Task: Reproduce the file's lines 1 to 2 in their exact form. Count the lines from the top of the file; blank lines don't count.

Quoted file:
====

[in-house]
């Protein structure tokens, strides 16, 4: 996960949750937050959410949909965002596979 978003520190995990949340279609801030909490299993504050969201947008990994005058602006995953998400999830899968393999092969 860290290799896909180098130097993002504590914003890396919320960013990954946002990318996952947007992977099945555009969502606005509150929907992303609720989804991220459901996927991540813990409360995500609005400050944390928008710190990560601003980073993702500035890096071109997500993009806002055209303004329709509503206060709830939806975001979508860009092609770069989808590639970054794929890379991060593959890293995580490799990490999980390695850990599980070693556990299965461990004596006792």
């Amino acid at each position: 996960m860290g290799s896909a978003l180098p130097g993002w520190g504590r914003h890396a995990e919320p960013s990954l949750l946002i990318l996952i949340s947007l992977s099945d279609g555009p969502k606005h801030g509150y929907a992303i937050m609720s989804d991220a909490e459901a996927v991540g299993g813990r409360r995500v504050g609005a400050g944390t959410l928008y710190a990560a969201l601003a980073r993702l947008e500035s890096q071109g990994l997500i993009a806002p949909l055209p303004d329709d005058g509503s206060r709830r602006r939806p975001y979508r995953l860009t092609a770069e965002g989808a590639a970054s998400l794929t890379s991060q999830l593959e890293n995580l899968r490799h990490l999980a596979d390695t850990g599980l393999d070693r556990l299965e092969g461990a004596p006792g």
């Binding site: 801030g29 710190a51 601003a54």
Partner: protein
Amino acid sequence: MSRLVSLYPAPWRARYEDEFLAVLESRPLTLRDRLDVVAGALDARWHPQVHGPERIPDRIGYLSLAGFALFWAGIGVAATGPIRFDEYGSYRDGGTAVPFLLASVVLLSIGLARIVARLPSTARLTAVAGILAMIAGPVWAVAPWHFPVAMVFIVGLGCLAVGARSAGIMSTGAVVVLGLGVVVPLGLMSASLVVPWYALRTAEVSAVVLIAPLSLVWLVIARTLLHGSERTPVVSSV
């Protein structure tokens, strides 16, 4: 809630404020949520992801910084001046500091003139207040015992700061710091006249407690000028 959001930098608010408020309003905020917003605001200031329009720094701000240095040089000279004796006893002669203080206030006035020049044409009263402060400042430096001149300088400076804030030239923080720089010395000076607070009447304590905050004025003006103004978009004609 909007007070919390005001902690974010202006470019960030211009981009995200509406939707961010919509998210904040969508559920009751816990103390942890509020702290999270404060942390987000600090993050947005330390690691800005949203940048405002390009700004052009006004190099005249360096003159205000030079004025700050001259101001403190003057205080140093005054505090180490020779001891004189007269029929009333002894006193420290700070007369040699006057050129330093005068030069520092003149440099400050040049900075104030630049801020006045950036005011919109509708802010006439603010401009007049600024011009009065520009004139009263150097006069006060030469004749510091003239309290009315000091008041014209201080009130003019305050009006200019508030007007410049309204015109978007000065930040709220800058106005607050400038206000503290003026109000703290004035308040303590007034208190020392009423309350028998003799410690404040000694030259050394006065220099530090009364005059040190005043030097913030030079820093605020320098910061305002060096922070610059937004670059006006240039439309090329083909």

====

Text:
[in-house]
């Protein structure tokens, strides 16, 4: 996960949750937050959410949909965002596979 978003520190995990949340279609801030909490299993504050969201947008990994005058602006995953998400999830899968393999092969 860290290799896909180098130097993002504590914003890396919320960013990954946002990318996952947007992977099945555009969502606005509150929907992303609720989804991220459901996927991540813990409360995500609005400050944390928008710190990560601003980073993702500035890096071109997500993009806002055209303004329709509503206060709830939806975001979508860009092609770069989808590639970054794929890379991060593959890293995580490799990490999980390695850990599980070693556990299965461990004596006792």